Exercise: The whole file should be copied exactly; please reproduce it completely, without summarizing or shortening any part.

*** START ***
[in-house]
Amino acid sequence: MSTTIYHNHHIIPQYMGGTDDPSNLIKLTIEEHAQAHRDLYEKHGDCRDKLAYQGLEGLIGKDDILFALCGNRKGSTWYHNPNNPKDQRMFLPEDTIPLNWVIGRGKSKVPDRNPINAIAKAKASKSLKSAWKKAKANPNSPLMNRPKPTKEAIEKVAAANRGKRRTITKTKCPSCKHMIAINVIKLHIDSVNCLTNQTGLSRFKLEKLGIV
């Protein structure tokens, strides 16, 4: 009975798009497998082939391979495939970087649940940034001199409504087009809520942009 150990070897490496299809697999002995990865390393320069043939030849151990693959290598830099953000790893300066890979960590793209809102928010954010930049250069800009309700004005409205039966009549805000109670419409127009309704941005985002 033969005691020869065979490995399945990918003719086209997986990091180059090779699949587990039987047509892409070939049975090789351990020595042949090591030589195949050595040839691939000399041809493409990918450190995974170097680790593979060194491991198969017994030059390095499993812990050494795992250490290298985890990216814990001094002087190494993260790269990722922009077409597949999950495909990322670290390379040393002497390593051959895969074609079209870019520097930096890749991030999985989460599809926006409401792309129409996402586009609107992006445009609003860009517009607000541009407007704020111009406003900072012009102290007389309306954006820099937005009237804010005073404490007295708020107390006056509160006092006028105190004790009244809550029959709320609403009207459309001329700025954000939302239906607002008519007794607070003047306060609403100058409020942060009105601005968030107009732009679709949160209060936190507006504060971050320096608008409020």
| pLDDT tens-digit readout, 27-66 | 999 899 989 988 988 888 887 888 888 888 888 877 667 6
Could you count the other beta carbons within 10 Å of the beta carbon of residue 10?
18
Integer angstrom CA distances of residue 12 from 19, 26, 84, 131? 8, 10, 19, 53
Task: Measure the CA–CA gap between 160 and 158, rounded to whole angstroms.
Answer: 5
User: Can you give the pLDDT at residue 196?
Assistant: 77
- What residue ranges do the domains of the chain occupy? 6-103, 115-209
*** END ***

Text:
[in-house]
Amino acid sequence: MSTTIYHNHHIIPQYMGGTDDPSNLIKLTIEEHAQAHRDLYEKHGDCRDKLAYQGLEGLIGKDDILFALCGNRKGSTWYHNPNNPKDQRMFLPEDTIPLNWVIGRGKSKVPDRNPINAIAKAKASKSLKSAWKKAKANPNSPLMNRPKPTKEAIEKVAAANRGKRRTITKTKCPSCKHMIAINVIKLHIDSVNCLTNQTGLSRFKLEKLGIV
């Protein structure tokens, strides 16, 4: 009975798009497998082939391979495939970087649940940034001199409504087009809520942009 150990070897490496299809697999002995990865390393320069043939030849151990693959290598830099953000790893300066890979960590793209809102928010954010930049250069800009309700004005409205039966009549805000109670419409127009309704941005985002 033969005691020869065979490995399945990918003719086209997986990091180059090779699949587990039987047509892409070939049975090789351990020595042949090591030589195949050595040839691939000399041809493409990918450190995974170097680790593979060194491991198969017994030059390095499993812990050494795992250490290298985890990216814990001094002087190494993260790269990722922009077409597949999950495909990322670290390379040393002497390593051959895969074609079209870019520097930096890749991030999985989460599809926006409401792309129409996402586009609107992006445009609003860009517009607000541009407007704020111009406003900072012009102290007389309306954006820099937005009237804010005073404490007295708020107390006056509160006092006028105190004790009244809550029959709320609403009207459309001329700025954000939302239906607002008519007794607070003047306060609403100058409020942060009105601005968030107009732009679709949160209060936190507006504060971050320096608008409020």
| pLDDT tens-digit readout, 27-66 | 999 899 989 988 988 888 887 888 888 888 888 877 667 6
Could you count the other beta carbons within 10 Å of the beta carbon of residue 10?
18
Integer angstrom CA distances of residue 12 from 19, 26, 84, 131? 8, 10, 19, 53
Task: Measure the CA–CA gap between 160 and 158, rounded to whole angstroms.
Answer: 5
User: Can you give the pLDDT at residue 196?
Assistant: 77
- What residue ranges do the domains of the chain occupy? 6-103, 115-209